June 19, 2024

China Bends to U.S. Complaint on Solar Panels, but Weighs Retaliation

HONG KONG — Chinese solar panel makers plan to shift some of their production to South Korea, Taiwan and the United States in hopes of defusing a trade case pending against them in Washington, according to industry executives.

But at the same time, the Chinese industry is considering retaliating by filing a trade case of its own with China’s Commerce Ministry.

The most likely target would be American exports to China of polysilicon — a prime ingredient in solar panels — Chinese industry executives and officials said on Monday. American manufacturers exported about $873 million of polysilicon to China last year, nearly as much in dollar terms as the value of the solar panels that China shipped to the United States.

The Chinese moves come after the United States Commerce Department opened a trade case against China’s solar panel makers earlier this month, at the request of SolarWorld Industries America and six other American solar companies.

The Commerce Department said it was considering punitive tariffs of 50 to 250 percent on Chinese solar panels, based on preliminary evidence that China was “dumping” solar panels in the United States below the cost of making and marketing them. The department is also investigating whether the Chinese government is breaking international trade rules by subsidizing the export of solar panels — if such a finding was made, it could result in additional tariffs.

Having hired trade lawyers to advise them on the Commerce Department case, Chinese solar panel manufacturers are increasingly gloomy about their chances of winning it, said Ocean Yuan, the president of Grape Solar, a big importer of Chinese solar panels that is based in Eugene, Ore.

Mr. Yuan said that Grape Solar was already negotiating with several Chinese manufacturers, whom he declined to identify, to perform final assembly of solar modules in Oregon. That would be the last step in new supply chains the Chinese industry intends to set up that would start in China then run through South Korea and Taiwan in hopes of avoid any new tariffs.

But because final assembly of solar panels is relatively low-tech manual labor, any Chinese expansion into Oregon would be unlikely to add many valuable American jobs.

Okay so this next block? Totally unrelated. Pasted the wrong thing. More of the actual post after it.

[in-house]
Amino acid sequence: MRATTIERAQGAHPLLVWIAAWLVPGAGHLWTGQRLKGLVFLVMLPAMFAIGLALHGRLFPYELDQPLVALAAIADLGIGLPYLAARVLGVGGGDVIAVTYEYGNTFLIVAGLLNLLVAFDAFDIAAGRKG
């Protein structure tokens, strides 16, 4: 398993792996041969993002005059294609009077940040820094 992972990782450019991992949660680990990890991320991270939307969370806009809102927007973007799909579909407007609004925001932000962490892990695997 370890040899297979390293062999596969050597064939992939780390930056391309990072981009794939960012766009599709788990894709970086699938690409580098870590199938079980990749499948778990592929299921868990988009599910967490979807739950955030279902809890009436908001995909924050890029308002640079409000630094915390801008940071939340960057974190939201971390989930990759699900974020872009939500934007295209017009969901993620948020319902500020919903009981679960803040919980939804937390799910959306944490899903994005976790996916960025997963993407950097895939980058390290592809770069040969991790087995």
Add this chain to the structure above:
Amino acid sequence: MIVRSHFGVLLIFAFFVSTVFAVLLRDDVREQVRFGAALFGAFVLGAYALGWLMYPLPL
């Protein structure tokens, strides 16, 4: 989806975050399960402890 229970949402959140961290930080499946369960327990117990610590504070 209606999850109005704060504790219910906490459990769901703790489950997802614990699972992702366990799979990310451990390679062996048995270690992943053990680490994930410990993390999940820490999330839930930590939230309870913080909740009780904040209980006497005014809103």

Currently, the only Chinese solar panel assembly site in the United States is near Phoenix and owned by Suntech Power. That plant has a capacity equal to about 3 percent of the American market for solar panels.

Even before the filing of the trade case, Suntech had begun preparations to increase output at that operation, planning to add a work shift and double the size of the factory. But that will expand the current work force to 260, from 110 now. And even then, its capacity would serve only a small fraction of the American market. By contrast, companies based in China supplied more than 40 percent of the American market for installed panels in the third quarter of this year, according to GTM Research, a renewable energy consulting firm based in Boston.

Meanwhile, the Chinese solar panel industry is seeking legal advice on filing its own antidumping and antisubsidy trade case against the United States, industry executives in Beijing said Monday.

The most likely target would be American exports of polysilicon, the main material used in making conventional solar panels, said Wang Shijiang, a manager at the China Photovoltaic Industry Alliance based in Beijing.

The manufacture of polysilicon requires enormous amounts of energy — so much electricity that it typically takes the first year of operation of the panel to generate as much power as was required to make the polysilicon in it. The process requires superheating large volumes of material in electric-arc furnaces, including the melting of quartzite rock at more than 3,600 degrees Fahrenheit.

The United States is one of the world’s largest producers of polysilicon, in states like Tennessee and Washington, because it has access to a lot of inexpensive hydroelectric power. And most of that polysilicon is exported.

China’s own polysilicon industry is controversial because it relies heavily on electricity generated by coal-fired power plants, and because weak environmental controls at Chinese polysilicon factories have resulted in toxic spills that have fouled streams and rivers.

Article source: http://www.nytimes.com/2011/11/22/business/global/china-bends-to-us-complaint-on-solar-panels-but-also-plans-retaliation.html?partner=rss&emc=rss

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